Two separate car bomb blasts in Turkish-controlled north Syria on Tuesday killed eight people, including two civilians, a Britain-based war monitor said.
On the outskirts of the town of Al-Bab, explosives planted in the car of a police chief from another district detonated and killed him, two policemen accompanying him, and two civilians, the Syrian Observatory for Human Rights said, adding 19 people were wounded.
And in the town of Afrin, a car bomb went off near a bakery, killing three people and wounding 16 others.
Turkey and its Syrian proxies control several pockets of territory on Syria's side of the border following three military incursions since 2016, against Islamic State group (IS) and Kurdish fighters.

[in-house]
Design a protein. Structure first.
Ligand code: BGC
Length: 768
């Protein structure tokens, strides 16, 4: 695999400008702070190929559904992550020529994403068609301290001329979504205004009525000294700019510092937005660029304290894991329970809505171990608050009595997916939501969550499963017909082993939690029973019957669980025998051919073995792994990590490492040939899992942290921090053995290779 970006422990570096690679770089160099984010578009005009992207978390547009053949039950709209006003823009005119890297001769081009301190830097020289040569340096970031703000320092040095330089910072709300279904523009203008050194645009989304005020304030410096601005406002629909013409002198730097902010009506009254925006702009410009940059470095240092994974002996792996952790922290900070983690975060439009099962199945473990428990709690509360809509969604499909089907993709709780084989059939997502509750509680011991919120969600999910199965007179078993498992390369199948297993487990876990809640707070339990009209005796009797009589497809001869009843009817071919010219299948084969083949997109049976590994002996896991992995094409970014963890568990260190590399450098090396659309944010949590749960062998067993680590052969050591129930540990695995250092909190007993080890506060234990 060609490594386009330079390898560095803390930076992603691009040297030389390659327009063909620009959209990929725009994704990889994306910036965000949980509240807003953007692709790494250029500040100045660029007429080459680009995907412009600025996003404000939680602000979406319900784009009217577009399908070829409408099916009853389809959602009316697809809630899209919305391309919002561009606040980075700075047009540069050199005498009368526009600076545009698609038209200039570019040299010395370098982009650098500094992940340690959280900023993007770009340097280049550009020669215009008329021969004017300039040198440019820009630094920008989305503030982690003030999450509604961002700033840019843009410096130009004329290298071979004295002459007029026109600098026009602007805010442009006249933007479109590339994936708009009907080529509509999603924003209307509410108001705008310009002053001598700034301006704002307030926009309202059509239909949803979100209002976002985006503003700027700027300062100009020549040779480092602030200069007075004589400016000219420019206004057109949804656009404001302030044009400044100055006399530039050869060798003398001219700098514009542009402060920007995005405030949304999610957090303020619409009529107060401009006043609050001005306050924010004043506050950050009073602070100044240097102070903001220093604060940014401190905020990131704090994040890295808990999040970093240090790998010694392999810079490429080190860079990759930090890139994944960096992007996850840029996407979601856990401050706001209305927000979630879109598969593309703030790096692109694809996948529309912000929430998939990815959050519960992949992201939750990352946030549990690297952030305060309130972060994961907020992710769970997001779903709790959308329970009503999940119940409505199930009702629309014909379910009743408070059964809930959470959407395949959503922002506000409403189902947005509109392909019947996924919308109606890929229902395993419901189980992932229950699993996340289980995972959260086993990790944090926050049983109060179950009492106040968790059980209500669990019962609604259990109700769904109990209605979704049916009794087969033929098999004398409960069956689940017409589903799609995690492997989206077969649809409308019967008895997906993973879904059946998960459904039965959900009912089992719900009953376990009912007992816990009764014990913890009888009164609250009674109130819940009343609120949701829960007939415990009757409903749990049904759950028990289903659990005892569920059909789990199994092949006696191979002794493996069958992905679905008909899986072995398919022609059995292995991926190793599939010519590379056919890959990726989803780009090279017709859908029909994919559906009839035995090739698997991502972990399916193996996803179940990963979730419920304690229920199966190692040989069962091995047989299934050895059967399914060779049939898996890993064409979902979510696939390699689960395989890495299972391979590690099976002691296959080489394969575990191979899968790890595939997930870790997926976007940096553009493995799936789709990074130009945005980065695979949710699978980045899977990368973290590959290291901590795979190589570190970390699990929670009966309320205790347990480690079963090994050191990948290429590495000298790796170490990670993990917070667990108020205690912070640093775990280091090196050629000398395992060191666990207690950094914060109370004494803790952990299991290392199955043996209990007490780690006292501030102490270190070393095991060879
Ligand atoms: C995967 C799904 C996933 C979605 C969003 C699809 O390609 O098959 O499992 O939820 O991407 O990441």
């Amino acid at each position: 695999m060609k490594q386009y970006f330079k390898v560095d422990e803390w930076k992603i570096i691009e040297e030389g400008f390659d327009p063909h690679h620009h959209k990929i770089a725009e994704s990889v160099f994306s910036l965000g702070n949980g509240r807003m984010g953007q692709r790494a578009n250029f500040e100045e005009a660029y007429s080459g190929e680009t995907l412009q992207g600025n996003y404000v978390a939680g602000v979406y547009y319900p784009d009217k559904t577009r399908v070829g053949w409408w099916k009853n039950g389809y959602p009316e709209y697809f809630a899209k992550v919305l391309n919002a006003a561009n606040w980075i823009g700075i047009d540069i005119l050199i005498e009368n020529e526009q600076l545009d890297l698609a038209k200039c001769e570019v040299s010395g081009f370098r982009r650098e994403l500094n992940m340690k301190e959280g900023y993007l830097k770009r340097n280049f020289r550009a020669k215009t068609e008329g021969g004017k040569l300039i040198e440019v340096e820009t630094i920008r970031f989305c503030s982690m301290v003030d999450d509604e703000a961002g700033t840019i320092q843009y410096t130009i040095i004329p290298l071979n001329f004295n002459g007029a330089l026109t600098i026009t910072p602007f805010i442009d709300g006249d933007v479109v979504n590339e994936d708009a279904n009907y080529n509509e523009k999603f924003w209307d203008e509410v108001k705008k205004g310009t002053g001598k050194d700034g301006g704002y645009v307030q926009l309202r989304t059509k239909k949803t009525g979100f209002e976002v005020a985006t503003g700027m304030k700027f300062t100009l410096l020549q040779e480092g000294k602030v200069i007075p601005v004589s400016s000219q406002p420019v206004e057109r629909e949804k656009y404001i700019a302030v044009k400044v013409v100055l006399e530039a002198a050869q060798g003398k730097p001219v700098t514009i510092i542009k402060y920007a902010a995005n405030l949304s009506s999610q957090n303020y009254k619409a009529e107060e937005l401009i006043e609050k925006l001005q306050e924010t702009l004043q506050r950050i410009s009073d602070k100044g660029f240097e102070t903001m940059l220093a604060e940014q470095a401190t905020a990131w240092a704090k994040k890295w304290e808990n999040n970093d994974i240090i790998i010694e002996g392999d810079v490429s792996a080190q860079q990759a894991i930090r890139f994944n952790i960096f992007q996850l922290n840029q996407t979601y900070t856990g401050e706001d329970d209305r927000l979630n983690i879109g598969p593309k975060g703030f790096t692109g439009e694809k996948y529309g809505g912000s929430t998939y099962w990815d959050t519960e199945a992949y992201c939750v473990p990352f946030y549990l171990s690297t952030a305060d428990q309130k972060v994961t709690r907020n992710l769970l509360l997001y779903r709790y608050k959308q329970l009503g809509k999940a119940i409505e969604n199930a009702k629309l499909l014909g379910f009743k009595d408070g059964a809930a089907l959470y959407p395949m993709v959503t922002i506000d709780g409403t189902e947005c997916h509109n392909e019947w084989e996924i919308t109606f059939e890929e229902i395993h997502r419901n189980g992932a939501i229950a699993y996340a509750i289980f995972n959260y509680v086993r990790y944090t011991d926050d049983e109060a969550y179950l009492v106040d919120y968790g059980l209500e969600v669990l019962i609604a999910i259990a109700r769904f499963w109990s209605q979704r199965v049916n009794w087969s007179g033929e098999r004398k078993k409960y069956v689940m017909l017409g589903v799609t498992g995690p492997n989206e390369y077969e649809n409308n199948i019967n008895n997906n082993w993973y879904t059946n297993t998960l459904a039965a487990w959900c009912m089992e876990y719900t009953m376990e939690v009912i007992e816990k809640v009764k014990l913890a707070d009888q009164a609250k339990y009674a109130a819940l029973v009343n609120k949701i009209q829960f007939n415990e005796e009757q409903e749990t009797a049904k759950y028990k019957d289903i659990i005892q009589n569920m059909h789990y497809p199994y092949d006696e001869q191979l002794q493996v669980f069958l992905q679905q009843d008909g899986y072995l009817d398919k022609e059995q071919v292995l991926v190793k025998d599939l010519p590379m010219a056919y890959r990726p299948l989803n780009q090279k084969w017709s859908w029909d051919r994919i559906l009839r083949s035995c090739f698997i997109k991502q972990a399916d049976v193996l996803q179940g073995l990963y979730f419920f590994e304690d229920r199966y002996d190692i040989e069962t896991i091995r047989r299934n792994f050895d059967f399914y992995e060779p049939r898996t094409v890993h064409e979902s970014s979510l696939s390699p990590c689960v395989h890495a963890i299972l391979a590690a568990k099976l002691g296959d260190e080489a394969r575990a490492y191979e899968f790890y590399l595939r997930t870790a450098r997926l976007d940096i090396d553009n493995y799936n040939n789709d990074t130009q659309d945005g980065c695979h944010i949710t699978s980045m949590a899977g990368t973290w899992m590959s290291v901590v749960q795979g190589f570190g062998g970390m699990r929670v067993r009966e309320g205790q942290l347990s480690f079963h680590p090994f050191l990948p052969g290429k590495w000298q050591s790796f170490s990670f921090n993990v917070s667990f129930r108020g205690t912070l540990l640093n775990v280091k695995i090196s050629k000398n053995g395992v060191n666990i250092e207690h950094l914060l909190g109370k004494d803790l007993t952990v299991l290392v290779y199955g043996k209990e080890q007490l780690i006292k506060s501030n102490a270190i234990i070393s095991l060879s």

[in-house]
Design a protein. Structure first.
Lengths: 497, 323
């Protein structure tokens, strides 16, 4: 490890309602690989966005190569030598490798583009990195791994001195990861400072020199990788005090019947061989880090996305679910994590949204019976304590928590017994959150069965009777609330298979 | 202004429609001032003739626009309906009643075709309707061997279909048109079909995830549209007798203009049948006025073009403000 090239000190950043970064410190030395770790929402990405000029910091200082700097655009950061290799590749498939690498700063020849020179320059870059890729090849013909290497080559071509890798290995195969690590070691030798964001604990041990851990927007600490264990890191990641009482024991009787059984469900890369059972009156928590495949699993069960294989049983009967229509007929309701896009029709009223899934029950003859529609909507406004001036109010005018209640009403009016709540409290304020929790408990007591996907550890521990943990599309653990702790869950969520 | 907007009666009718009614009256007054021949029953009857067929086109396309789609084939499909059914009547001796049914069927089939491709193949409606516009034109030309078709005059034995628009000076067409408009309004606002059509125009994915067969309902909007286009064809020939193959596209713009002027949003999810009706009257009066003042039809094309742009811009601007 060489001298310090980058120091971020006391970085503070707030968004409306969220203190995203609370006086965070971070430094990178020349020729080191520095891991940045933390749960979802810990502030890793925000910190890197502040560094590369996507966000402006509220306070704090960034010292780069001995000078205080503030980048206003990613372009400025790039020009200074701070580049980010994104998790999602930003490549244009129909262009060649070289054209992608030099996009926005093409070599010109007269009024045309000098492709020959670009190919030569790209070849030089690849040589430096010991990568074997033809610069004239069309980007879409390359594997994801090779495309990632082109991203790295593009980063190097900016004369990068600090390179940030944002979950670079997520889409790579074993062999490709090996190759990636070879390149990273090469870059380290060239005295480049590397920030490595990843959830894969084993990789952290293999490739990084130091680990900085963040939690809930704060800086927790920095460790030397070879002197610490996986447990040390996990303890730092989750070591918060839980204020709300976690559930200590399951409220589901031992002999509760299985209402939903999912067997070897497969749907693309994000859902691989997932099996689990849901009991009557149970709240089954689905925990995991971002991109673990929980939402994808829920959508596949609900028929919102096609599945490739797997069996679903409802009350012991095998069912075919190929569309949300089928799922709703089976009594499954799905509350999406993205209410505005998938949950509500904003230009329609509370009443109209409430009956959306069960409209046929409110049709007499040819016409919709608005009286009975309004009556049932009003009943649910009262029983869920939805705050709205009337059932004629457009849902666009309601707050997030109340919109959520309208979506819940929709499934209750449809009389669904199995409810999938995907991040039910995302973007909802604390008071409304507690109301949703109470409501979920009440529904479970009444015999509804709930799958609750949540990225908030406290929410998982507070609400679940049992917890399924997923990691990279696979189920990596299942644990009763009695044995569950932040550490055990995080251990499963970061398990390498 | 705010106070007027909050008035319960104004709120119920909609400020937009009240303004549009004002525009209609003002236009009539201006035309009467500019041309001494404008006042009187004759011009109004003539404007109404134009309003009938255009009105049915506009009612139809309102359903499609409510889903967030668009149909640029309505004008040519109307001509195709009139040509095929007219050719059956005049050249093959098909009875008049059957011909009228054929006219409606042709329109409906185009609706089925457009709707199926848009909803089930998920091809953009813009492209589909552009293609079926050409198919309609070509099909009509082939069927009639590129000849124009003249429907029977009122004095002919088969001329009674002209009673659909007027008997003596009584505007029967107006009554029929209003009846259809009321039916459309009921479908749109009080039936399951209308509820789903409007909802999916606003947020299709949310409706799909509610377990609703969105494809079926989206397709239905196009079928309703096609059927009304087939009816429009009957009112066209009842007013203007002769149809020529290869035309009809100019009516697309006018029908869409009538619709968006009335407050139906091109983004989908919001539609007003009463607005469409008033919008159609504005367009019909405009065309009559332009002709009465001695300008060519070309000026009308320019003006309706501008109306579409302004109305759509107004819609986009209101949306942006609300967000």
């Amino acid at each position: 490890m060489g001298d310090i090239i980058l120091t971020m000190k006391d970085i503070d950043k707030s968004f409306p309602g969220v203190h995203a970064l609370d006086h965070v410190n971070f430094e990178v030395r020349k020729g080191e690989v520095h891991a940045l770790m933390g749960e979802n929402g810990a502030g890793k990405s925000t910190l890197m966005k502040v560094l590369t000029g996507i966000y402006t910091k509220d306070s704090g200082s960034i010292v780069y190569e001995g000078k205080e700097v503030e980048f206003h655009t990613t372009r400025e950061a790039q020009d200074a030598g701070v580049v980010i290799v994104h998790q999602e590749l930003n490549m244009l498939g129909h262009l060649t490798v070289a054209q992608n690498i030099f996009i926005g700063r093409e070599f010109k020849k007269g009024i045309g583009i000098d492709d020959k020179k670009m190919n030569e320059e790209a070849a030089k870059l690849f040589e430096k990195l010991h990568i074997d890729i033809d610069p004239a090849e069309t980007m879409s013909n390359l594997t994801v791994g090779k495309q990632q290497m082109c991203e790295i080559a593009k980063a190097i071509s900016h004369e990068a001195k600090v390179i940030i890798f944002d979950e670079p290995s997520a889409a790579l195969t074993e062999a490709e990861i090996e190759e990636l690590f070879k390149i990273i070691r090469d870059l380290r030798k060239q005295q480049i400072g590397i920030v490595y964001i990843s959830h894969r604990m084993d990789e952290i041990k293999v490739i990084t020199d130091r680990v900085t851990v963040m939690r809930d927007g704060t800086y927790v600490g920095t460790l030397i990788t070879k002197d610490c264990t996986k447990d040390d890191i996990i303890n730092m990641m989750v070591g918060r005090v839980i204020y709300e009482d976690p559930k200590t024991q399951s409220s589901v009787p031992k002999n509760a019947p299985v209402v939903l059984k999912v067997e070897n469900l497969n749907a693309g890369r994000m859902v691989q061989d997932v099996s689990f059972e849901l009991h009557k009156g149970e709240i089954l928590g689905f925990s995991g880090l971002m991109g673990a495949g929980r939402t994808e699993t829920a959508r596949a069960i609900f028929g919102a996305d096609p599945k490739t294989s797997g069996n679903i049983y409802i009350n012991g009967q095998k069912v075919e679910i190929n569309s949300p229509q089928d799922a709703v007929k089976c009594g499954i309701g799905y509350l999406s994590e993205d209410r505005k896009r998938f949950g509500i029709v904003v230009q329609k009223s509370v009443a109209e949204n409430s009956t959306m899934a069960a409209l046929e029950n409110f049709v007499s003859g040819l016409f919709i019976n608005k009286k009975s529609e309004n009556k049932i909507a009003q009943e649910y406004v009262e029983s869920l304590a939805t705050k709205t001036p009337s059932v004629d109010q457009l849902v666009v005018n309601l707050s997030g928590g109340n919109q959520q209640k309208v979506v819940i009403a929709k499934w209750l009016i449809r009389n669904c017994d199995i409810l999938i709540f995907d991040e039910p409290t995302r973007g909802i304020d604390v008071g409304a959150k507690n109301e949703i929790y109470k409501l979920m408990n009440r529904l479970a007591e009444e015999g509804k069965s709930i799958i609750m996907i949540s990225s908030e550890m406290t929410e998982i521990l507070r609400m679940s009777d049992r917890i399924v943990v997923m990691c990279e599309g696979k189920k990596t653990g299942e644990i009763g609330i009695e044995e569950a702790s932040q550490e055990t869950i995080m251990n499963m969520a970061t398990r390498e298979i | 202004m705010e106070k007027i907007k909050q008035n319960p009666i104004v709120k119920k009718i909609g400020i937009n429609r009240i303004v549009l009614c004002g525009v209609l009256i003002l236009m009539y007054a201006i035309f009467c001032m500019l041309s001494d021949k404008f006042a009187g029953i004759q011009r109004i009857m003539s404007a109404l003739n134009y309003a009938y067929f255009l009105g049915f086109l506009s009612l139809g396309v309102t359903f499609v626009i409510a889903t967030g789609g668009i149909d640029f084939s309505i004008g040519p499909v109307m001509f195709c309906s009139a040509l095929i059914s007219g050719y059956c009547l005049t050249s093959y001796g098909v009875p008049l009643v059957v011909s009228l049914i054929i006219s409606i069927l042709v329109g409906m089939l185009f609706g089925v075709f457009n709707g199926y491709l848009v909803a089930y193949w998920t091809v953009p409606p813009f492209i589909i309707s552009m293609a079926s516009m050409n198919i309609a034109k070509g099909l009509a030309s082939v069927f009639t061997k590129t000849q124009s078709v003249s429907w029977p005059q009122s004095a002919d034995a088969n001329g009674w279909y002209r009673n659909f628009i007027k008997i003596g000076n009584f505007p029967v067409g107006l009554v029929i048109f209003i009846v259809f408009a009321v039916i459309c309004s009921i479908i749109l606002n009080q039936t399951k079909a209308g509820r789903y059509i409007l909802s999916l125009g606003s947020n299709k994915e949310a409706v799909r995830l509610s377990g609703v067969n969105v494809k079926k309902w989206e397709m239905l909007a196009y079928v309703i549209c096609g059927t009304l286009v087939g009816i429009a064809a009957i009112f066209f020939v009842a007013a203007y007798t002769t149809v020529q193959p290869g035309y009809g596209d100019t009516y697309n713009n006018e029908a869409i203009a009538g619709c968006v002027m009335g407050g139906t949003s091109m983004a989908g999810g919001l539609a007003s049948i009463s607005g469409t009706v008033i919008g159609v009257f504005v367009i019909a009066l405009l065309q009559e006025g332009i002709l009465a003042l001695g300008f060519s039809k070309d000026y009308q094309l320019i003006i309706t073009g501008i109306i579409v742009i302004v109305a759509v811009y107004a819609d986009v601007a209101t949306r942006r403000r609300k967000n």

There was no immediate claim of responsibility for either bombing.
But there have been a string of attacks in Al-Bab since its capture by Turkish troops from IS in 2017.
Several have also hit Afrin, which Turkey and its Syrian proxies seized from Kurdish fighters in 2018.
UN humanitarian official Mark Cutts deplored "another horrific car-bomb in Al-Bab today with more civilian casualties".
"Car-bombs remain a deadly scourge in Syria," he tweeted.
US-backed Kurdish forces seized the last scrap of that territorial proto-state from the jihadists in eastern Syria in March last year.
But the jihadist group continues to carry out attacks through a network of sleeper cells operating in some regions it used to control.
Syria's civil war has killed more than 380,000 people since it started with the repression of anti-government protests in 2011.